Warbeck, Perkin

   By impersonating a son of EDWARD IV, Perkin Warbeck became the center of a Yorkist conspiracy to overthrow HENRY VII and the house of TUDOR.
   Born in the Netherlands, Warbeck took service with a Breton cloth merchant, who used the handsome youth to model his finery. In 1491, the young man accompanied his master to IRELAND, where Warbeck’s aristocratic manner attracted the attention of Yorkist sympathizers who encouraged the belief that Warbeck was of royal blood. In November, Warbeck paraded through Dublin claiming to be Edward IV’s younger son, Richard PLANTAGENET, duke of York, who had disappeared in the TOWER OF LONDON in 1483. Warbeck also began calling himself “Richard IV,” the rightful king of England. By December, Henry VII feared that Warbeck would win control of Ireland, just as LAMBERT SIMNEL, an earlier Yorkist pretender, had done in 1487. The king dispatched an army to Ireland that dispersed Warbeck’s supporters and forced the pretender to accept an invitation from CHARLES VIII to come to FRANCE.
   Anxious to make trouble for Henry, who was opposing French attempts to absorb BRITTANY, Charles treated Warbeck as an honored guest until November 1492, when the conclusion of the Treaty of Etaples with England forced Charles to expel Warbeck. The pretender then withdrew to the Netherlands, where he was welcomed by MARGARET OF YORK, the dowager duchess of BURGUNDY; the sister of Edward IV and RICHARD III and a longtime foe of Henry VII, Margaret formally recognized Warbeck as her nephew. Backed by the duchess and by Duke Philip of Burgundy, Warbeck invaded England with fourteen ships in June 1495. However, when a rebel landing party was quickly overwhelmed in Kent, Warbeck decided to return to Ireland. When an Irish landing was also repulsed, Warbeck sailed for SCOTLAND, where JAMES IV, hoping to reacquire BERWICK, was also eager to make difficulties for Henry. James recognized Warbeck as “Richard IV” and allowed him to marry a royal kinswoman, Lady Katherine Gordon. In September 1496, James invaded northern England, ostensibly on Warbeck’s behalf (see North of England and the Wars of the Roses). The enterprise aroused no support for a Yorkist restoration, and the Scottish army soon withdrew. By the spring of 1497, James was listening to offers of alliance from LONDON, and Warbeck once again found himself forced to depart.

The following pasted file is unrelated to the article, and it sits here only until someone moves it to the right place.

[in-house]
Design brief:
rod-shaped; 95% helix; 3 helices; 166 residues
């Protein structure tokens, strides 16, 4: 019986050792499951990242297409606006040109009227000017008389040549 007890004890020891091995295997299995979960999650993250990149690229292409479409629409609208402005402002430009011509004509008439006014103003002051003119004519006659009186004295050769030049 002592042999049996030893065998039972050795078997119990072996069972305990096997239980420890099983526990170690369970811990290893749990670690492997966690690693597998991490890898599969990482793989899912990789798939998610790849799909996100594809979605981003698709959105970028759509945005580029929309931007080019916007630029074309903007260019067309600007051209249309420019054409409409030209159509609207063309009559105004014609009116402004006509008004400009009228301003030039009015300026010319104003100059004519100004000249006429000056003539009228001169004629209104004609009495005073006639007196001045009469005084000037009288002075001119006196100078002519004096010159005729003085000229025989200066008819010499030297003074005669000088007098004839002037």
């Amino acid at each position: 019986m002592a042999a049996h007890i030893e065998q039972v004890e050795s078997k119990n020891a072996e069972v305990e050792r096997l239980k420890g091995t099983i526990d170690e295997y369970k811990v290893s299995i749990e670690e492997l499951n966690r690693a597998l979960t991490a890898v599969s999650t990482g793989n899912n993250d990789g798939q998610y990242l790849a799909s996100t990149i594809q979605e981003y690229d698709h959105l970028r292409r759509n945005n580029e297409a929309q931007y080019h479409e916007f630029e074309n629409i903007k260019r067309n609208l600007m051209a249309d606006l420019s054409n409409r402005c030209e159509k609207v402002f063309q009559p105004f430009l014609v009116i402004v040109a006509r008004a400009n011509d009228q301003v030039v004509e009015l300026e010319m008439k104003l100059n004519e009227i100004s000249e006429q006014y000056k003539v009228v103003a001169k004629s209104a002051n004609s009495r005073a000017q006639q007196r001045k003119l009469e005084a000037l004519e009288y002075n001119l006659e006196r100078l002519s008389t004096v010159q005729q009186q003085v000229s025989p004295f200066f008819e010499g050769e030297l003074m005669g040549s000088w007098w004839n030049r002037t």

After another abortive attempt on Ireland, Warbeck and a small band of supporters landed in Cornwall in September 1497. Hoping to revive a recently quelled Cornish uprising, Warbeck attracted thousands of recruits, but was unable to capture Exeter and was soon forced to surrender. After making a full confession of his imposture to the king,Warbeck was confined at Westminster, and his wife was allowed to become lady-in-waiting to Queen ELIZABETH OF YORK. In June 1498, Warbeck fled, but he was recaptured and imprisoned in the Tower. When Ferdinand and Isabella of Spain expressed reservations about marrying their daughter to Henry’s son so long as any royal pretender remained in England, the king had Warbeck tried for treason along with his fellow prisoner, Edward PLANTAGENET, earl of Warwick, the last direct male descendent of the house of YORK.Warbeck and Warwick were convicted and executed in November 1499.